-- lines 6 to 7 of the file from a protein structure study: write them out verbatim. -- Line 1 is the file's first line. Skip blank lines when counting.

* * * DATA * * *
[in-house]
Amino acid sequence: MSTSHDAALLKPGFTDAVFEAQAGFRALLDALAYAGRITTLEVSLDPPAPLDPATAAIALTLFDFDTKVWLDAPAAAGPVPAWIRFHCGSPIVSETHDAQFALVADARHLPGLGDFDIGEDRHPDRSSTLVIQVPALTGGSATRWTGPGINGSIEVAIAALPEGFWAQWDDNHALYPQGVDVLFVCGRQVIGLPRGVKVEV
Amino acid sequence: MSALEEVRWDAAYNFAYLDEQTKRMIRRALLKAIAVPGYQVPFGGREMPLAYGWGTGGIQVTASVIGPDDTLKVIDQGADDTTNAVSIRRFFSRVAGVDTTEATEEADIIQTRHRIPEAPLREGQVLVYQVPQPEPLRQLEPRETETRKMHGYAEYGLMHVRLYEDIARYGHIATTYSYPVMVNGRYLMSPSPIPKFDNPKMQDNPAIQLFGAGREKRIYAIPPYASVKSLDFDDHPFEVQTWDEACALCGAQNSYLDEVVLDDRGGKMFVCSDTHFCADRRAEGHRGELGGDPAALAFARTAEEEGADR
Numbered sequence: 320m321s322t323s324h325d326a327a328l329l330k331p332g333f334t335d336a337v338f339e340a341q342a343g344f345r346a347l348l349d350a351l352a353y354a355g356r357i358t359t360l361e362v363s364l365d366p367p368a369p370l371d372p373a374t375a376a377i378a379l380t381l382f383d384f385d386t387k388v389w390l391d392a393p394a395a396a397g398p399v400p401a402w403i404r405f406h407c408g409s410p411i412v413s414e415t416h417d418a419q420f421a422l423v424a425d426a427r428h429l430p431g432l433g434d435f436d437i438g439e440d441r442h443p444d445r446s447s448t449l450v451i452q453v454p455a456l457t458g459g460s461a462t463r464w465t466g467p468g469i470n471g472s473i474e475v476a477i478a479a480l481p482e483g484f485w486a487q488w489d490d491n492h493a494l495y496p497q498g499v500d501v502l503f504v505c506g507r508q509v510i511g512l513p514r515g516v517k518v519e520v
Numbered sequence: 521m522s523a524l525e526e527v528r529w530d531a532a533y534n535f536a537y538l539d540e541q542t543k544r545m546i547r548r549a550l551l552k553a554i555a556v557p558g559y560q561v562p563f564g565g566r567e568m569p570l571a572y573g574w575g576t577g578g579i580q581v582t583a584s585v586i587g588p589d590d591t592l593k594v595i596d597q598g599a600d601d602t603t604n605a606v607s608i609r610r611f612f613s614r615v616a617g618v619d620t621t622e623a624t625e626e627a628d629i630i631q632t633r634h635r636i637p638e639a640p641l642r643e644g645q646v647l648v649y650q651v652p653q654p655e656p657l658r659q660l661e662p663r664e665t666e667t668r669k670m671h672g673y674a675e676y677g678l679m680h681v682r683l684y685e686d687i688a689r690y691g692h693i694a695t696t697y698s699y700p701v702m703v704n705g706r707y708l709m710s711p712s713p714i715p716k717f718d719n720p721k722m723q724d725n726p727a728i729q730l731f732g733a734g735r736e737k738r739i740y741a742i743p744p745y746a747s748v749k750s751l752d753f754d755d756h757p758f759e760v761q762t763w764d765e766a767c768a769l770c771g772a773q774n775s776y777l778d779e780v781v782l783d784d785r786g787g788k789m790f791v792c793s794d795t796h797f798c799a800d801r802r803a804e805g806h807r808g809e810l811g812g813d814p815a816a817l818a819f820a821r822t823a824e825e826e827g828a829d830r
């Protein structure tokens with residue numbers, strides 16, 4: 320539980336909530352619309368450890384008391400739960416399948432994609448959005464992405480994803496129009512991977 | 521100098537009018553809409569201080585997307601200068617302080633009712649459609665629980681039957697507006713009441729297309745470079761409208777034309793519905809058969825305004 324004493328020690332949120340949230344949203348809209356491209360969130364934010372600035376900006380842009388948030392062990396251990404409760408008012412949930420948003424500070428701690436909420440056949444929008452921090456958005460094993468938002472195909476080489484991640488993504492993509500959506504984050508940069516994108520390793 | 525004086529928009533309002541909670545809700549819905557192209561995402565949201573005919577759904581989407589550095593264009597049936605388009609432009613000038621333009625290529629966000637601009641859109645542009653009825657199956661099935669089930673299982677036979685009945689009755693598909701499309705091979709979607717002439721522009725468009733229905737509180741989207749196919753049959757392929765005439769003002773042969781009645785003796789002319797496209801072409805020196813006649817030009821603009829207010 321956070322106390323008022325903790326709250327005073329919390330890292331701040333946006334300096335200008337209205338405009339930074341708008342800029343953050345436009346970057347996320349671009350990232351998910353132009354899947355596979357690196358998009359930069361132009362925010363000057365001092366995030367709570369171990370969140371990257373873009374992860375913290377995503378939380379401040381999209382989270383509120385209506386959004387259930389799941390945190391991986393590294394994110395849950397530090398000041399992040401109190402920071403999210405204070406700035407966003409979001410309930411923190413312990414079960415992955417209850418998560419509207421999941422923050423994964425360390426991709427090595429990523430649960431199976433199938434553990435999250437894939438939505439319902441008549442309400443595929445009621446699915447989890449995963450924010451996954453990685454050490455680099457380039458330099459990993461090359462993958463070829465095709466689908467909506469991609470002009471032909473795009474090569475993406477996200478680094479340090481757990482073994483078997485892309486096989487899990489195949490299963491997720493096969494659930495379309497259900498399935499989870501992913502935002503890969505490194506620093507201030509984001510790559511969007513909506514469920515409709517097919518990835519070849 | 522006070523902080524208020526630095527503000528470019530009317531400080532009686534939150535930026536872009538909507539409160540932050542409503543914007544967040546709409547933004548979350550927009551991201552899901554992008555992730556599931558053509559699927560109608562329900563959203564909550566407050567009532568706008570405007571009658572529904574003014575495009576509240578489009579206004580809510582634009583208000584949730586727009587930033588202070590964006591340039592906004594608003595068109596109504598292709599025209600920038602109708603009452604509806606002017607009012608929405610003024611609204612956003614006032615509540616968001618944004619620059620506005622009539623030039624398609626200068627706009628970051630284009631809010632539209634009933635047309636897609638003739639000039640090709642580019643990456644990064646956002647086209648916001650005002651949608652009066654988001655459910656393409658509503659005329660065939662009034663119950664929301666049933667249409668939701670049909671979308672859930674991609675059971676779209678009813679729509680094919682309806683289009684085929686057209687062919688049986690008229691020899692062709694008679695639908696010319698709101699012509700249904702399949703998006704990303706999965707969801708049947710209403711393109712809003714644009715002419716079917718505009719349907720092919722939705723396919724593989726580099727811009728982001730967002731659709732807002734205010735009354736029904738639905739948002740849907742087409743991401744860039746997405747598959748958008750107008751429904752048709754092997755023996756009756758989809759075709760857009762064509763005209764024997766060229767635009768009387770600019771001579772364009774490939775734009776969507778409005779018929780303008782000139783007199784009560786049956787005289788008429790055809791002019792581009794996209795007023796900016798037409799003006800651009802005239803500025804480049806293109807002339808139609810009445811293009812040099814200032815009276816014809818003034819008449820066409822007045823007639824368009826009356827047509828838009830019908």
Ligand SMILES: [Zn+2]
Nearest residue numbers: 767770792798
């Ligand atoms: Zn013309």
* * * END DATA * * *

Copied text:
């Protein structure tokens with residue numbers, strides 16, 4: 320539980336909530352619309368450890384008391400739960416399948432994609448959005464992405480994803496129009512991977 | 521100098537009018553809409569201080585997307601200068617302080633009712649459609665629980681039957697507006713009441729297309745470079761409208777034309793519905809058969825305004 324004493328020690332949120340949230344949203348809209356491209360969130364934010372600035376900006380842009388948030392062990396251990404409760408008012412949930420948003424500070428701690436909420440056949444929008452921090456958005460094993468938002472195909476080489484991640488993504492993509500959506504984050508940069516994108520390793 | 525004086529928009533309002541909670545809700549819905557192209561995402565949201573005919577759904581989407589550095593264009597049936605388009609432009613000038621333009625290529629966000637601009641859109645542009653009825657199956661099935669089930673299982677036979685009945689009755693598909701499309705091979709979607717002439721522009725468009733229905737509180741989207749196919753049959757392929765005439769003002773042969781009645785003796789002319797496209801072409805020196813006649817030009821603009829207010 321956070322106390323008022325903790326709250327005073329919390330890292331701040333946006334300096335200008337209205338405009339930074341708008342800029343953050345436009346970057347996320349671009350990232351998910353132009354899947355596979357690196358998009359930069361132009362925010363000057365001092366995030367709570369171990370969140371990257373873009374992860375913290377995503378939380379401040381999209382989270383509120385209506386959004387259930389799941390945190391991986393590294394994110395849950397530090398000041399992040401109190402920071403999210405204070406700035407966003409979001410309930411923190413312990414079960415992955417209850418998560419509207421999941422923050423994964425360390426991709427090595429990523430649960431199976433199938434553990435999250437894939438939505439319902441008549442309400443595929445009621446699915447989890449995963450924010451996954453990685454050490455680099457380039458330099459990993461090359462993958463070829465095709466689908467909506469991609470002009471032909473795009474090569475993406477996200478680094479340090481757990482073994483078997485892309486096989487899990489195949490299963491997720493096969494659930495379309497259900498399935499989870501992913502935002503890969505490194506620093507201030509984001510790559511969007513909506514469920515409709517097919518990835519070849 | 522006070523902080524208020526630095527503000528470019530009317531400080532009686534939150535930026536872009538909507539409160540932050542409503543914007544967040546709409547933004548979350550927009551991201552899901554992008555992730556599931558053509559699927560109608562329900563959203564909550566407050567009532568706008570405007571009658572529904574003014575495009576509240578489009579206004580809510582634009583208000584949730586727009587930033588202070590964006591340039592906004594608003595068109596109504598292709599025209600920038602109708603009452604509806606002017607009012608929405610003024611609204612956003614006032615509540616968001618944004619620059620506005622009539623030039624398609626200068627706009628970051630284009631809010632539209634009933635047309636897609638003739639000039640090709642580019643990456644990064646956002647086209648916001650005002651949608652009066654988001655459910656393409658509503659005329660065939662009034663119950664929301666049933667249409668939701670049909671979308672859930674991609675059971676779209678009813679729509680094919682309806683289009684085929686057209687062919688049986690008229691020899692062709694008679695639908696010319698709101699012509700249904702399949703998006704990303706999965707969801708049947710209403711393109712809003714644009715002419716079917718505009719349907720092919722939705723396919724593989726580099727811009728982001730967002731659709732807002734205010735009354736029904738639905739948002740849907742087409743991401744860039746997405747598959748958008750107008751429904752048709754092997755023996756009756758989809759075709760857009762064509763005209764024997766060229767635009768009387770600019771001579772364009774490939775734009776969507778409005779018929780303008782000139783007199784009560786049956787005289788008429790055809791002019792581009794996209795007023796900016798037409799003006800651009802005239803500025804480049806293109807002339808139609810009445811293009812040099814200032815009276816014809818003034819008449820066409822007045823007639824368009826009356827047509828838009830019908």
Ligand SMILES: [Zn+2]